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Which websites can tell you how to find red squirrels in the UK?

UK red squirrel
“Oi! What are you looking at?”

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They’re one of the UK’s most famous and most cute native species, but Sciurus vulgaris have had a tough couple of centuries. The introduction of the grey squirrel from the US in the 1870s reduced the red population from around 3.5 million to between 120,000 and 160,000. Poor old Nutkin. However, there are still thriving communities around the country – here’s where to find red squirrels in the UK.

Below, you’ll find a list of fluffy hotspots, along with links to more in-depth resources and a short guide to spotting the critters.

How to watch red squirrels online

If all you’re after is some armchair red-squirrel watching, head to Balmoral Castle for its live stream. Who needs pay TV?

Top five UK red squirrel spots

Before we begin, bear in mind that this is by no means an exhaustive list and there’s no guarantee that the squirrels will lay out the red carpet (apologies) for your visit. So, before the complaints from the Northumberland, County Down and Isle of Wight squirrels roll in, note that you can find them in all three places (scroll to the next section for lists of locations).

Loch of the Lowes, Perthshire

As red squirrel spots go, you can’t beat Scotland. And Loch of the Lowes, near Dunkeld, should be at the top of your list: not only can you see them all year round, but there are special squirrel feeders and even rope walkways so you can get as close as possible. Plus, if you get bored of red squirrels – impossible, I know – you may even spy a beaver between April and September.

Aira Force, Cumbria

Let me get my excuses in early: there are a quite a few squirrel hotspots in Cumbria and everyone has their favourite (Allan Bank, a National Trust property near Grasmere, is particularly famous). However, I’m going for Aira Force for its sheer beauty, including a dramatic waterfall, and the fact that a “squirrel ranger” looks after the local population. Adorable.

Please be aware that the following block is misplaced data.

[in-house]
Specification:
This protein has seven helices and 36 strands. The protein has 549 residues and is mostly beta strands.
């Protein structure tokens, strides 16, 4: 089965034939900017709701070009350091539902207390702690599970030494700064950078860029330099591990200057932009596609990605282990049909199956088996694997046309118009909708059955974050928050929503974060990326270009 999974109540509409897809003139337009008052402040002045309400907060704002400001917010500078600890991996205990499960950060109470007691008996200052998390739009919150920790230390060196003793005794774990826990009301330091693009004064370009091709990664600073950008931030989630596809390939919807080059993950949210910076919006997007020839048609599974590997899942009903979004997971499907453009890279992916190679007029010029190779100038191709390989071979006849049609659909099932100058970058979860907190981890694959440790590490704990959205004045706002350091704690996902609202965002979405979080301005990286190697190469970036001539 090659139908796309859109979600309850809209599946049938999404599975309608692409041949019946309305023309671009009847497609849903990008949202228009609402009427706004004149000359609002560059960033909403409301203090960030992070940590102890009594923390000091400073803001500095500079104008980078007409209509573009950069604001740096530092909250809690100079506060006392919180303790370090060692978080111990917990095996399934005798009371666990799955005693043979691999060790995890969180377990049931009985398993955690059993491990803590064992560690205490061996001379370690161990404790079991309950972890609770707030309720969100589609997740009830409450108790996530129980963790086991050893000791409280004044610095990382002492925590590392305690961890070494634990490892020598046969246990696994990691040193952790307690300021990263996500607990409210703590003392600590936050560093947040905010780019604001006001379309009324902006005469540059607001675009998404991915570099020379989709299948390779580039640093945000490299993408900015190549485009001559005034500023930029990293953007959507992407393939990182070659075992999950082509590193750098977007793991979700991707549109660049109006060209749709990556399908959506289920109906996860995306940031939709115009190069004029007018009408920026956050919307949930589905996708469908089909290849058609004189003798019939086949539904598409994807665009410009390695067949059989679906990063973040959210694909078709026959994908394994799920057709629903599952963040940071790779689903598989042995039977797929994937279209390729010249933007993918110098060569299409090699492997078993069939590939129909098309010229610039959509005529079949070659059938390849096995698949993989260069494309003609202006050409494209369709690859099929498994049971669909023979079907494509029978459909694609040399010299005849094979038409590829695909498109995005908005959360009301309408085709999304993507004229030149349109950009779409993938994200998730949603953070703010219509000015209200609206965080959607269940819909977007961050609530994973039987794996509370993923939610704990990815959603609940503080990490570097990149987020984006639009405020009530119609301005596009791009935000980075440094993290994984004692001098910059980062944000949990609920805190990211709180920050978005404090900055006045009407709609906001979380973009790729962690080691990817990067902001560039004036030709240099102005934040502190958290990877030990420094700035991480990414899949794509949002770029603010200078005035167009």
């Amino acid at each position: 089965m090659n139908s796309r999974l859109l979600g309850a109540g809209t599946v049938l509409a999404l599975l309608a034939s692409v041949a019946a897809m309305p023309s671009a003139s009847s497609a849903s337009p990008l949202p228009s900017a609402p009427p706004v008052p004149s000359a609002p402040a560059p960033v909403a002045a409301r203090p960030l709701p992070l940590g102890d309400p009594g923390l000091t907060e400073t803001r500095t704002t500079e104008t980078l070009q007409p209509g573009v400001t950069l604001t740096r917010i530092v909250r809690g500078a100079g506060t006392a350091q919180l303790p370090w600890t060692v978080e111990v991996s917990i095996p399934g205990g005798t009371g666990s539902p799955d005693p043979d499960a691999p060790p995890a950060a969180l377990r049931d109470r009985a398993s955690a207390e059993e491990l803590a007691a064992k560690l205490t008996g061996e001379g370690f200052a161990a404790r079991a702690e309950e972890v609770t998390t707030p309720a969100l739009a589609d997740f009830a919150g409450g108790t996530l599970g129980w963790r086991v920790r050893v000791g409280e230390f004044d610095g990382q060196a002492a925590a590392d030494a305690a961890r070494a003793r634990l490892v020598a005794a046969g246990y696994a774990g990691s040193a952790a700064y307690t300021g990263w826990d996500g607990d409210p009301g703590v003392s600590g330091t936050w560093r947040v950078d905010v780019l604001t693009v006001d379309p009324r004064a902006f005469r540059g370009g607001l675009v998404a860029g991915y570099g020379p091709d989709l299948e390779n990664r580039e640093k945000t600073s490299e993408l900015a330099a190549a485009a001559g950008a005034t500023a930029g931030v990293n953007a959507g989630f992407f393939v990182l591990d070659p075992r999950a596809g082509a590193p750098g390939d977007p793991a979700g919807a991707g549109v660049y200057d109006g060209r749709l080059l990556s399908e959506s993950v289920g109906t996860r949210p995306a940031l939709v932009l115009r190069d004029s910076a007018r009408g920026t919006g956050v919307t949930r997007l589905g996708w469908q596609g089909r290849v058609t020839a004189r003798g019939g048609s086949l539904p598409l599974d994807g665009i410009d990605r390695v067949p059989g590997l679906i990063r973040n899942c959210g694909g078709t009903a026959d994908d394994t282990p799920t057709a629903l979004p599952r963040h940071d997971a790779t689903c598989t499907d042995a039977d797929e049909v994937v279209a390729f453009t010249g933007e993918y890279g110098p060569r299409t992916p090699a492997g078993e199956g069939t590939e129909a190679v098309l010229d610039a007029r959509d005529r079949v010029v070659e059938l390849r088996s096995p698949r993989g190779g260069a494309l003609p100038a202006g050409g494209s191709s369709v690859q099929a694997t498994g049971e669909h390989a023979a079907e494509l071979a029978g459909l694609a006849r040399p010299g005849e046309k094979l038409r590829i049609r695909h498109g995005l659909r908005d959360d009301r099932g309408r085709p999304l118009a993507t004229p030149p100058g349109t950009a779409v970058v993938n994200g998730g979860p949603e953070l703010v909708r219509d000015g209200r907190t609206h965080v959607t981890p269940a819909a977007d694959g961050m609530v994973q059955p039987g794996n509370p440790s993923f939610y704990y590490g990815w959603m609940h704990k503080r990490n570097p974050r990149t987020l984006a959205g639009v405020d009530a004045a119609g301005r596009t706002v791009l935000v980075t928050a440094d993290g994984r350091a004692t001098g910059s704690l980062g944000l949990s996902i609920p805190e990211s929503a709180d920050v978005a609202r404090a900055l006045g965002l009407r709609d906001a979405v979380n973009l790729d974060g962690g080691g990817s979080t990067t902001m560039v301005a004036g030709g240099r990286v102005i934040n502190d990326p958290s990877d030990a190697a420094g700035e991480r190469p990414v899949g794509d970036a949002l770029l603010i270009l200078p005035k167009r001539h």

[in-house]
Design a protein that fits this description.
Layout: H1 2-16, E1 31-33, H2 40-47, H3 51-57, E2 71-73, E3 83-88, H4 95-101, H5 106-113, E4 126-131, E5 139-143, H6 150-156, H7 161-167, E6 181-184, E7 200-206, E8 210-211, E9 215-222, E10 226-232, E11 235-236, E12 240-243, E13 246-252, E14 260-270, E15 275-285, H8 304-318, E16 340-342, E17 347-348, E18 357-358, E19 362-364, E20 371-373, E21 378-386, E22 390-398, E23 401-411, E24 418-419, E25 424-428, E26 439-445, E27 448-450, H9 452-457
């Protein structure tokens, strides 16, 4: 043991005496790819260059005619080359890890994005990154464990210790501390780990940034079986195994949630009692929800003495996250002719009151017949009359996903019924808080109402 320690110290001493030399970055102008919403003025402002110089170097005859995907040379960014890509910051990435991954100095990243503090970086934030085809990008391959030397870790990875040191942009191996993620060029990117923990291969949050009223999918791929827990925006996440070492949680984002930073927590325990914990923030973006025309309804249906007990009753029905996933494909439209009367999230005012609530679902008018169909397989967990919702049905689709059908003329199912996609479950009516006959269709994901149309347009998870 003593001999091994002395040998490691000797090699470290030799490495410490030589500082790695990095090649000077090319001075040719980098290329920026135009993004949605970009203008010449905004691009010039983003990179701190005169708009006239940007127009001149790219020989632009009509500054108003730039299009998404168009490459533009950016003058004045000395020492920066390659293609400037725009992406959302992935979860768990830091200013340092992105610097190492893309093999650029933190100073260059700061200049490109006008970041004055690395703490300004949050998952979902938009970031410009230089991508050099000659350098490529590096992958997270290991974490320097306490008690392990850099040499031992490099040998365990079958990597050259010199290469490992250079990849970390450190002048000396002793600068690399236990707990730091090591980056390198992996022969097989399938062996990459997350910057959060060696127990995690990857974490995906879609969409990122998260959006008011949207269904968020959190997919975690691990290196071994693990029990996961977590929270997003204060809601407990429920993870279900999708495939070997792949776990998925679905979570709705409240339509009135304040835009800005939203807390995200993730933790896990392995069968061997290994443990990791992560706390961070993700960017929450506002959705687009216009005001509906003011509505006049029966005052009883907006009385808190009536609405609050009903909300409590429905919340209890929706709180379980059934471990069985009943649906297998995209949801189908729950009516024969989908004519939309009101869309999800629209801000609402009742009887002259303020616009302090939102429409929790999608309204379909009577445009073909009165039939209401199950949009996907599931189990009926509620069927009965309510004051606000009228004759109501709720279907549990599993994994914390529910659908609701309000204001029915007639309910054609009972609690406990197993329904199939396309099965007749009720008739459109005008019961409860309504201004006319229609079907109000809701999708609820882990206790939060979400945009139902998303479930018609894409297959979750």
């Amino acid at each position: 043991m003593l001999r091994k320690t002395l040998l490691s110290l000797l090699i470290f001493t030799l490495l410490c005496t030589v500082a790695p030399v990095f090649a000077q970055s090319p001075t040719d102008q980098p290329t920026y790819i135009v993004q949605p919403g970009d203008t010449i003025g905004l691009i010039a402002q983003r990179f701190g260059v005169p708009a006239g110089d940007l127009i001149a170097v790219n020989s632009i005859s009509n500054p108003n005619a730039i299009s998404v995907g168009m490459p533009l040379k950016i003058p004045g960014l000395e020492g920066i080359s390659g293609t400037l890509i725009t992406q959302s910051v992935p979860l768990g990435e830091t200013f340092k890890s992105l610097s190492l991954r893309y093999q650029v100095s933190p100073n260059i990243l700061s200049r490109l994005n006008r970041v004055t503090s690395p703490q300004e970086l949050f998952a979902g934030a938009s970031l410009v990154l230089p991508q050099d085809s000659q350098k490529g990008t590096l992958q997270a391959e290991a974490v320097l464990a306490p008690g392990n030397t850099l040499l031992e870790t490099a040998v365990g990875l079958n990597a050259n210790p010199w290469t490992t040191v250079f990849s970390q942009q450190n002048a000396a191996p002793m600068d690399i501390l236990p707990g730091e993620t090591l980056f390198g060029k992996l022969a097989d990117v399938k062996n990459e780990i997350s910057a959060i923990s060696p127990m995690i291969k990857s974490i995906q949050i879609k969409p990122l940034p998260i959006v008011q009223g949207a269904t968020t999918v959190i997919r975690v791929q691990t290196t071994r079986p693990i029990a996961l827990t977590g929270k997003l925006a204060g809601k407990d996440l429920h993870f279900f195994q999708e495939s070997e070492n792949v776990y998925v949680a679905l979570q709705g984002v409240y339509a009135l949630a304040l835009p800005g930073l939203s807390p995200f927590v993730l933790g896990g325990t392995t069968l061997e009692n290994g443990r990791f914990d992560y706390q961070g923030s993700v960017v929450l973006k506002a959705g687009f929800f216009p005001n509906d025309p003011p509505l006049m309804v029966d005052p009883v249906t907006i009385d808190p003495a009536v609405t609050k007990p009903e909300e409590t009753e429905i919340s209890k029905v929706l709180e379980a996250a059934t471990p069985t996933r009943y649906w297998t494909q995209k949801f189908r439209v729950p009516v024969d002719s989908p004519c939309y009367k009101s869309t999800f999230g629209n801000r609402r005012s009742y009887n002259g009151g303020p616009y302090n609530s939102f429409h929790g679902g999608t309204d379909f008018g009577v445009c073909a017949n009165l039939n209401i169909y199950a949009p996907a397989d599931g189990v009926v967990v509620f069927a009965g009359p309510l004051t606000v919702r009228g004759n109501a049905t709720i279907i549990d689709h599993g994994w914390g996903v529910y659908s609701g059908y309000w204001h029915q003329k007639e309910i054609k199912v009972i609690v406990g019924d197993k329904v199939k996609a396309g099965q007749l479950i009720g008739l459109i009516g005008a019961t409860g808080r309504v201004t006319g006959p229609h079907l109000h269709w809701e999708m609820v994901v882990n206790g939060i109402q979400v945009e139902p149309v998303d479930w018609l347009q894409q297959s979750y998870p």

Formby, Merseyside

That’s right, there are red squirrels within touching distance of Liverpool and they’re quickly overtaking the beach as the area’s top tourist attraction. The National Trust has put together a handy walk to maximise your chances of seeing one – although I’d suggest heading straight to Squirrel Wood, rather than… Nicotine Wood.

Brownsea Island, Dorset

Ask someone in the south of England where you can see red squirrels and this tiny island near Poole will probably be the answer. It’s the place on this list where you’re most likely to see one – famous last words – but you’ll have to shell out £7.50 (or £3.75 for a child) for the privilege. Spring and autumn are your best bets, but we’d recommend hopping on a ferry at any time of the year as there’s plenty to do.

Pentraeth Forest, Angelsey

Before their re-introduction, this was the last place you could see red squirrels on Anglesey. Happily, they are now thriving in other areas of the island, such as Plas Newydd (which has the largest population in Wales), but I’d still recommend getting lost in Pentraeth Forest for the true, wild experience.

In-depth guides

If you don’t fancy traveling to one of the locations above, or if you want to find out more about red squirrel conservation, The Wildlife Trusts, National Trust and Woodland Trust websites are all excellent resources. They also contain more squirrel hotspots than you can shake a stick, or a handful of nuts, at…

Red squirrel spotting tips

Spotting red squirrels in the UK can be very frustrating. First, in most places, they’re incredibly rare; second, they’re incredibly shy; and third, they’re incredibly fast.

But don’t let that put you off. To become a seasoned squirrel tracker, you’ve got to come equipped – preferably first thing in the morning in spring and autumn – with a good pair of binoculars, some quiet-ish clothes and buckets of patience.

A good place to position yourself is near, but not directly next to, feeding platforms or bird feeders – and always remember that, like us, red squirrels don’t like bad weather…

Good luck!

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About the author

Max Figgett

Max has written for numerous websites and magazines over the years. Whether it’s about ancient hardware or software secrets, no Big Tech Question is too obscure for him to tackle.

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